Hanuman, thus, played a wide spectrum of roles in shaping the south Indian spiritual culture and psyche. During the Islamist invasions, he became the symbol of Indic resistance to monopolistic religious expansionism. The Indologist specialising in Tamil, Kamil Zvelebil, links the immense popularity as “direct reflection of the last and deadly struggle of Hindu India against Islam in the South”. While this is very much true, as we have seen this alone cannot explain the immense popularity of Hanuman. Later during the colonial subjugation, Swami Vivekananda invoked Hanuman as an ideal for Indian youths, emphasising his Rudra aspect:

You have now to make the character of Mahavira your ideal. See how at the command of Ramachandra he crossed the ocean. He had no care for life or death! He was a perfect master of his senses and wonderfully sagacious. You have now to build your life on this great ideal of personal service. Through that, all other ideals will gradually manifest in life. ...The Damaru and horn have to be sounded, drums are to be beaten so as to raise the deep and martial notes, and with "Mahavira, Mahavira" on your lips and shouting "Hara, Hara, Vyom, Vyom", the quarters are to be reverberated. ...Through the thunder — roll of the dignified Vedic hymns, life is to be brought back into the country. In everything the austere spirit of heroic manhood is to be revived. In following such an ideal lies the good of the people and the country. If you can build your character after such an ideal, then a thousand others will follow. But take care that you do not swerve an inch from the ideal. Never lose heart. In eating, dressing, or lying, in singing or playing, in enjoyment or disease, always manifest the highest moral courage. Then only will you attain the grace of Mahashakti, the Divine Mother.

Tamil Nadu has two very famous Hanuman idols: one at Nammakal and the other at Suchindrum, near Kanyakumari. The Hanuman idol at Suchindrum temple is 22 feet tall. In the eighteenth century, Chanda Sahib, a Muslim marauder invaded Travancore. The people of Suchindrum village, as it was custom during Islamist invasions, hid all the valuables of the temple inside secret chambers. They also buried this Hanuman idol in a special pit and made a small stone pillar like protrusion outside.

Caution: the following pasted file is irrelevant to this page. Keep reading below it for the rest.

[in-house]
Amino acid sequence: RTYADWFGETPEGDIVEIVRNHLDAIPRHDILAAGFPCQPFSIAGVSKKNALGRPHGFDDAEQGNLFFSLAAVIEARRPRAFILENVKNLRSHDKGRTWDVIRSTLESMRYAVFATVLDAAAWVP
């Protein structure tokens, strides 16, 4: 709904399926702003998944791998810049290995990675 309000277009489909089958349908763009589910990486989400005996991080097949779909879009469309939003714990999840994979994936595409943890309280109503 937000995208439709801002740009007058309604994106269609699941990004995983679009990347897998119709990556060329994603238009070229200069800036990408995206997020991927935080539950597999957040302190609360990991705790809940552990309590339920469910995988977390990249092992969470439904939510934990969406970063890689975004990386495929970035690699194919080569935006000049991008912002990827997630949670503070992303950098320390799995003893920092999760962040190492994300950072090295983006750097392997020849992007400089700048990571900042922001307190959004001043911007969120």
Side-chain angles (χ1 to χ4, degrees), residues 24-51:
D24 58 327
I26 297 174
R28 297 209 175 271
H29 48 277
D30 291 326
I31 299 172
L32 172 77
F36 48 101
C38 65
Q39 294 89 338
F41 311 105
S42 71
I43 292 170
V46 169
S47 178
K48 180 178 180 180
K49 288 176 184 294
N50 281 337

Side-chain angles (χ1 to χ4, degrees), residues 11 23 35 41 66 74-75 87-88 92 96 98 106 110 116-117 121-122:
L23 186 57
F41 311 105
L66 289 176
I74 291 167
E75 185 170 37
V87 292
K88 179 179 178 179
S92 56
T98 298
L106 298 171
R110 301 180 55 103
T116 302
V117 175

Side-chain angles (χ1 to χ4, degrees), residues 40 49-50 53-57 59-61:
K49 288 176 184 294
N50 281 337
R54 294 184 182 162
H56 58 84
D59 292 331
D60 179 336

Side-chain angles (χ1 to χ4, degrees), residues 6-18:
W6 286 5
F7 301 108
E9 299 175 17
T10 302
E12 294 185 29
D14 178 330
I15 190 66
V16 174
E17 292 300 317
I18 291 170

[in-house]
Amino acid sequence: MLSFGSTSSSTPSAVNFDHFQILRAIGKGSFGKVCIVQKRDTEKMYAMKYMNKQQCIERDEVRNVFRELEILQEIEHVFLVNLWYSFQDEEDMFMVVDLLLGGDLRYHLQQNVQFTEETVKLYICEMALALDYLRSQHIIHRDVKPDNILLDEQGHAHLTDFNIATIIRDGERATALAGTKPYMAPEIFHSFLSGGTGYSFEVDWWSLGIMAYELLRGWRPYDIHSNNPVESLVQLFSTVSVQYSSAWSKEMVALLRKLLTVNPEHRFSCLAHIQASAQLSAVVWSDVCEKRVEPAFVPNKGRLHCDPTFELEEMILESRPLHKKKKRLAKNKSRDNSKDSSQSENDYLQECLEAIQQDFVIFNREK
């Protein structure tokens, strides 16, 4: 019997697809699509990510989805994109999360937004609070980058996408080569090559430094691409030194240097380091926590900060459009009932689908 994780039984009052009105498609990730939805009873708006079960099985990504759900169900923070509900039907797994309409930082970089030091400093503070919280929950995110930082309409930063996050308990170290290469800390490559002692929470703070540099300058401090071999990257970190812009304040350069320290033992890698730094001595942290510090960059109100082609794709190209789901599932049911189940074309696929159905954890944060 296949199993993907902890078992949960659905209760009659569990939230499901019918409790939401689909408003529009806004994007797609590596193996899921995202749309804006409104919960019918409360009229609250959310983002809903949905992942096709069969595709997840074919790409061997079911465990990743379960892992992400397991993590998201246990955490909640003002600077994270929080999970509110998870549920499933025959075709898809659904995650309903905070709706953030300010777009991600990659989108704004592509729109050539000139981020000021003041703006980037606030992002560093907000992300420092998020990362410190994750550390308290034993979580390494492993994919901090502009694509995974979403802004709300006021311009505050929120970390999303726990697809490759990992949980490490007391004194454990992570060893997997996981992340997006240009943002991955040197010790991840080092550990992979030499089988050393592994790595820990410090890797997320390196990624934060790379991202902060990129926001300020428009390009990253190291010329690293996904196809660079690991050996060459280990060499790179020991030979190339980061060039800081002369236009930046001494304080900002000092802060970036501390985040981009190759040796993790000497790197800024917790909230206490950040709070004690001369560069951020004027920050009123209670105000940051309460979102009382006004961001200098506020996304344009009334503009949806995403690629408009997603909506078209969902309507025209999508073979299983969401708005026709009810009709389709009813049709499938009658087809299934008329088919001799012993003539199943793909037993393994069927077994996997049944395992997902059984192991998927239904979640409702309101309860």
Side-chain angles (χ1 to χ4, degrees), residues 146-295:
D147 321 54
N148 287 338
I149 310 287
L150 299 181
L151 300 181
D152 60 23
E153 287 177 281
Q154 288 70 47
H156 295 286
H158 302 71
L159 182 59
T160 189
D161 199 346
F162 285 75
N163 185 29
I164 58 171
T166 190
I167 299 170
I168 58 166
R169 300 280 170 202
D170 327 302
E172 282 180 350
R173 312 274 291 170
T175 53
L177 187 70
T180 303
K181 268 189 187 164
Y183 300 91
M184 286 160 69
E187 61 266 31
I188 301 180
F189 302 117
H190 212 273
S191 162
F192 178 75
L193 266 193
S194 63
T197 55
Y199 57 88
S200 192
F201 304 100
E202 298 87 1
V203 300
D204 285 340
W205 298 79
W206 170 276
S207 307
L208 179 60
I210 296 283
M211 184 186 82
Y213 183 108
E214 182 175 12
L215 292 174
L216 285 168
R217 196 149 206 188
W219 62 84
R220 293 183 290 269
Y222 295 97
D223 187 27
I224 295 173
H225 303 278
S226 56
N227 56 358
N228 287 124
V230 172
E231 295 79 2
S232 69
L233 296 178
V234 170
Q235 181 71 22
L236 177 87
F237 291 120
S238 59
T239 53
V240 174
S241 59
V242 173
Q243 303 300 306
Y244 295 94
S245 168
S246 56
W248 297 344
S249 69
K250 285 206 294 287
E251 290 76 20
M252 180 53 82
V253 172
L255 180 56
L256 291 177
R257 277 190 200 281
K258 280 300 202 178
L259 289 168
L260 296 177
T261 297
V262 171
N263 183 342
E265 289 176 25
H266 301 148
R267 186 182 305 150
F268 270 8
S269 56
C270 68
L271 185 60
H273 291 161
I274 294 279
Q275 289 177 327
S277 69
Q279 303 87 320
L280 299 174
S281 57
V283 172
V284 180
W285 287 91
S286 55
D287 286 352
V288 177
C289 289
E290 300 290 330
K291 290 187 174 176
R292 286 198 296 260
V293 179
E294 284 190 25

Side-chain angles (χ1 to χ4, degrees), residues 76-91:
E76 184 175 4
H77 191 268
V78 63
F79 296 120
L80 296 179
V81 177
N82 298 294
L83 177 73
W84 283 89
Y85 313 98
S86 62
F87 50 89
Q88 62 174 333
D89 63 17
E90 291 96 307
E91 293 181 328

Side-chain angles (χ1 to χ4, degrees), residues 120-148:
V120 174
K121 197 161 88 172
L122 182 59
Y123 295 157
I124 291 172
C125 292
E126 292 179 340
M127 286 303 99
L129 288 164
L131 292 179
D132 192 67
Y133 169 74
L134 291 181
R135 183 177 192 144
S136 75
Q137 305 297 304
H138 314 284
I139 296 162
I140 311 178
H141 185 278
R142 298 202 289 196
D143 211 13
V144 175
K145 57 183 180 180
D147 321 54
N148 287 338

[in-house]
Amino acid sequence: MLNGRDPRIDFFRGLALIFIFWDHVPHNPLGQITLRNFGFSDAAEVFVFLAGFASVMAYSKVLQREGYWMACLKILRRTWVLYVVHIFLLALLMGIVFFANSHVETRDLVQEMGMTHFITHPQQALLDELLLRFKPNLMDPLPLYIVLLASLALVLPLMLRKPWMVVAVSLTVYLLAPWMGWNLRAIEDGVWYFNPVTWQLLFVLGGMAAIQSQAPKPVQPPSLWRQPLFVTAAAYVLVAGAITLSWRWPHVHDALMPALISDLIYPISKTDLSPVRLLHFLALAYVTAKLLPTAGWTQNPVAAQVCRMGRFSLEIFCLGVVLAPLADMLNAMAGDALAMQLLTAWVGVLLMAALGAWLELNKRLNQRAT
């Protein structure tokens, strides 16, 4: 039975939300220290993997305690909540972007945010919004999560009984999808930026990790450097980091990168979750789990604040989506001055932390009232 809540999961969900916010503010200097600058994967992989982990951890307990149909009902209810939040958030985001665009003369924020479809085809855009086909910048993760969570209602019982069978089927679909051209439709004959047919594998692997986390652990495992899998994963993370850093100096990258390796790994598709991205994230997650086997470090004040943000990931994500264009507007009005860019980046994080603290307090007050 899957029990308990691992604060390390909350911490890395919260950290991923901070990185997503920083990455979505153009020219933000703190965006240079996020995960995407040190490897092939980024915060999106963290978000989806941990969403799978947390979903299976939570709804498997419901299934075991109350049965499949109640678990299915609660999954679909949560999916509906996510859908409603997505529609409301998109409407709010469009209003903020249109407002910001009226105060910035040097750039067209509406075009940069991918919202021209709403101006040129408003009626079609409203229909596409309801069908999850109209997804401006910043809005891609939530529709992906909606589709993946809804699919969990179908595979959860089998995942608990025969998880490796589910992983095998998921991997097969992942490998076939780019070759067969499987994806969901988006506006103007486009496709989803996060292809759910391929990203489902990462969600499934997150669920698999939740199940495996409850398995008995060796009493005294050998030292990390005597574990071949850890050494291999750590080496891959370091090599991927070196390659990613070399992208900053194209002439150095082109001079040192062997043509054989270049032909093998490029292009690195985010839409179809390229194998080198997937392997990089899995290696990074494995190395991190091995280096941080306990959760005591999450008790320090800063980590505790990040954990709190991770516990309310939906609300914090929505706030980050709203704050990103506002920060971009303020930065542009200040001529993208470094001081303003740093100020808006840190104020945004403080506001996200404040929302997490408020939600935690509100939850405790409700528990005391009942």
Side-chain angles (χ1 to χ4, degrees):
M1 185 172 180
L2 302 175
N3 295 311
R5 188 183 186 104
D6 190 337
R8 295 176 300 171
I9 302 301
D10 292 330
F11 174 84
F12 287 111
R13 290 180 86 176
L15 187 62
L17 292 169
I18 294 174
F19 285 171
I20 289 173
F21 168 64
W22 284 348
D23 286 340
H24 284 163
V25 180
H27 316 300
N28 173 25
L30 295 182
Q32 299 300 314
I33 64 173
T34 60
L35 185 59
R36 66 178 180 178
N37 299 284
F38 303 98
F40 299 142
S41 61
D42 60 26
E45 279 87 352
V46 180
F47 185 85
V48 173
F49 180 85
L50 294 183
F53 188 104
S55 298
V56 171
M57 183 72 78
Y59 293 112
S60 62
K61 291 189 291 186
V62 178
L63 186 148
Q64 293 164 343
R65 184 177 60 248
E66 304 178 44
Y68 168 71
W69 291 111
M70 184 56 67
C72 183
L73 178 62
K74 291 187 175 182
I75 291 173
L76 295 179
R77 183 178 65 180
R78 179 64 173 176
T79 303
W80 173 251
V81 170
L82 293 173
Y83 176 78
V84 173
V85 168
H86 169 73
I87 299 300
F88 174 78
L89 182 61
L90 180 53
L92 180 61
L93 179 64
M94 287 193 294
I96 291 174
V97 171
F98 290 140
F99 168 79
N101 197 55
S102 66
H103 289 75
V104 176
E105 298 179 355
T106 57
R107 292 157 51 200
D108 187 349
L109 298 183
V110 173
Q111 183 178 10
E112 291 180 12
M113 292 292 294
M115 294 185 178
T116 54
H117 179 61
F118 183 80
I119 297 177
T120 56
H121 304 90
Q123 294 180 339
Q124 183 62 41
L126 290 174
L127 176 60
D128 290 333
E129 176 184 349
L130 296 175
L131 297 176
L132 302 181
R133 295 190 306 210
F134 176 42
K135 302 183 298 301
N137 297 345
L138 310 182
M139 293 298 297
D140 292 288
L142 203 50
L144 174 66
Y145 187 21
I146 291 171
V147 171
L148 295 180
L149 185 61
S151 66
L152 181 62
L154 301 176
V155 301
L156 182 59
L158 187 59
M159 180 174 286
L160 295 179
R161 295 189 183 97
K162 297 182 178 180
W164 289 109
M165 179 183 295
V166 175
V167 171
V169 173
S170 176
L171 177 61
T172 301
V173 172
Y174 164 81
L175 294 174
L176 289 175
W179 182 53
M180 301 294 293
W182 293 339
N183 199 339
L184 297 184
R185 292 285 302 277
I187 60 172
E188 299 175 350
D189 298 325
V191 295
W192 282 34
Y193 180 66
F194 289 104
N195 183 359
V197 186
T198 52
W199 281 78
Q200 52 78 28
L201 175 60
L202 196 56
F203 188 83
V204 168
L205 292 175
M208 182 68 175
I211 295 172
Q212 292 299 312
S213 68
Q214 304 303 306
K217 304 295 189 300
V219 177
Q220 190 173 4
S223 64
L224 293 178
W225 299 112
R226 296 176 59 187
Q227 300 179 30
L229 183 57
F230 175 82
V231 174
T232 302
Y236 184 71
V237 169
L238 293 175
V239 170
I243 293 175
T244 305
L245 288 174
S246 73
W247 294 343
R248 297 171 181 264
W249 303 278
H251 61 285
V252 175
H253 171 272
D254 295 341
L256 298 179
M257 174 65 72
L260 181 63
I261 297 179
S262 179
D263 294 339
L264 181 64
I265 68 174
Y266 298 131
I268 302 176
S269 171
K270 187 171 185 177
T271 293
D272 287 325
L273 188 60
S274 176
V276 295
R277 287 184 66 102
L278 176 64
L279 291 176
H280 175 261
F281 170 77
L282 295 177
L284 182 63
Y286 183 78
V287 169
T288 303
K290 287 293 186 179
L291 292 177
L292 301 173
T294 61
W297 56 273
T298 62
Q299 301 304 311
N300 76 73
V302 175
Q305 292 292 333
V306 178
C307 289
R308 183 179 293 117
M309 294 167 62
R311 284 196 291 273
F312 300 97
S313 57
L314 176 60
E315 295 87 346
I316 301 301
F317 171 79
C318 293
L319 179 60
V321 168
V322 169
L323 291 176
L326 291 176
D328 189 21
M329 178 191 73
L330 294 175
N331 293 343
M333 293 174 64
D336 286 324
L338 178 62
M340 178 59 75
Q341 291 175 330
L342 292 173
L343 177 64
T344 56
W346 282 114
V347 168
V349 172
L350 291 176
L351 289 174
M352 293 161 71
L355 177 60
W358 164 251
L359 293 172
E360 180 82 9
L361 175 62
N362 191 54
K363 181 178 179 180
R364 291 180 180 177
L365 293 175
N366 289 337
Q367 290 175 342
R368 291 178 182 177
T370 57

After the raids were repulsed and peace restored, the Hanuman idol was however forgotten. Over a period of time, there used to be unusual amount of petty accidents, and, the feeling of a presence around the protruding stone pillar. So, the Travancore king consulted the court diviners, who suggested that the area around the pillar should be excavated and a deity would be found. Sure enough, they found the gigantic Hanuman. His posture was related to his assuming — the cosmic form before Sita at Ashoka Vana. Hanuman at Suchindrum is a sculptural marvel that combines extraordinary strength and extraordinary humility, simultaneously.

The ritual experts suggested that the Hanuman idol be installed without the usual rituals as it was suggested, otherwise Hanuman would assume superiority over the main deity who is the combination of Sthanumalayan (Sthanu-Shiva, Mal-Vishnu, Ayan-Brahma). The feet are buried under the ground and only 18 feet of the Hanuman sculpture is visible. Even without ritual installation, Hanuman has almost become the principal deity of the temple.

From protecting biodiversity to theo-diversity, spiritual seeking to serving the nation, Hanuman has emerged as the pan-Indian deity. ‘The monkey god’ they call him, but for us, he is the very embodiment of practical Vedanta in action in whatever domain we choose, throughout our history, within and without.


Get Swarajya in your inbox everyday. Subscribe here.
30 Done, 20 To Go...
We need your help to produce 50 high-quality ground reports this election season.
Will you support us?

Sponsor Now